Magic In Western Culture: From Antiquity to the Enlightenment (New York: Cambridge UP, 2015)
Brian Copenhaver’s Magic In Western Culture traces occult beliefs From Antiquity to the Enlightenment. His study starts in Ancient Iran, Greece, and Rome, and moves through the early Christian Church to the influential thinkers of the Renaissance. Magic is treated as a tradition that derives from classical philosophy, as Copenhaver examines why European intellectuals “repudiate magic in the Enlightenment, after having previously accepted it for more than two millennia” (xiii).
Copenhaver suggests that before the Enlightenment most educated Western people believed in magic – a tradition handed down from Herodotus. But the early Catholic Church claimed any supernatural activity in The Bible was the result of divine miracles (not earthly magic), which created little problem until Thomas Aquinas insisted that if there were heavenly angels there must also be hell’s counterparts – demons. Thereafter, devils were seen as tempting the faithful with magic powers and turning them into witches. This belief persisted into the Middle Ages and beyond.
As further medical advances were made, traditional magic was superseded by new therapies – regimen, pharmacy, and surgery. Doctors of Physic practiced a natural philosophy whereby physical treatment (not ritual or religious) aimed to produce the correct mix of humors in the body.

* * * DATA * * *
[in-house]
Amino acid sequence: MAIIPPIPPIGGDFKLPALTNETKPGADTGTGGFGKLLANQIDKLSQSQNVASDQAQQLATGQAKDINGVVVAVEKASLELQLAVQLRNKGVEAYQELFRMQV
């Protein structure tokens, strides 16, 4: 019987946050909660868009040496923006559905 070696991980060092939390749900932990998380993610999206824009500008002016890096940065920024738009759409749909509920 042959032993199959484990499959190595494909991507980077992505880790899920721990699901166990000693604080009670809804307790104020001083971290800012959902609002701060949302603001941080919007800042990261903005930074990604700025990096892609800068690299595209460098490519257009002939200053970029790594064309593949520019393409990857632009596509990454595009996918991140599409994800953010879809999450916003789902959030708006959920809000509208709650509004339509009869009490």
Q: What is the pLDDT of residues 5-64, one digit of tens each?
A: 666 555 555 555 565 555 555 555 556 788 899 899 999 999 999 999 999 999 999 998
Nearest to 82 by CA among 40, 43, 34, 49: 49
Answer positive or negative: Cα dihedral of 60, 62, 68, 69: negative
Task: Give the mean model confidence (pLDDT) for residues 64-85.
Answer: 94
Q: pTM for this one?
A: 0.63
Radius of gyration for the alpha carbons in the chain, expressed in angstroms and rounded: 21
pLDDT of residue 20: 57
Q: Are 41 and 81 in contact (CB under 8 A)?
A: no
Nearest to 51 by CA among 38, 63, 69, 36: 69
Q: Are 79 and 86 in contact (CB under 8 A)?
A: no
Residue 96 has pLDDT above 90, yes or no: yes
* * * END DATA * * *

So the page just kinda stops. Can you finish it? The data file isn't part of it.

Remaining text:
During the Renaissance, natural philosophy gradually gave way to mechanical science, particularly after the invention of the telescope and microscope. Men like Descartes favored reason, method, and metaphysics over occultism, but this was not a clear-cut process. Isaac Newton, for example, spent much of his scientific career as an alchemist searching for the Philosopher’s Stone, and was later called “the last of the magicians” (288). But over the centuries, magic gradually succumbed to the dual pressures of religion and science until it fell out of fashion with the European intellectuals.
Magic In Western Culture is a dense, scholarly book, lightened in part by the rich illustrations. Copenhaver has sifted through the murky realms of early belief to piece together a well-researched, cohesive analysis of the occult tradition. His section on Newton is particularly fascinating. I also enjoyed the references to Shakespeare’s plays that highlight the intersection between intellectual development and common folklore.
If you have an academic or historic interest in the rise and decline of magic you will find this book an impressive read. Highly recommended!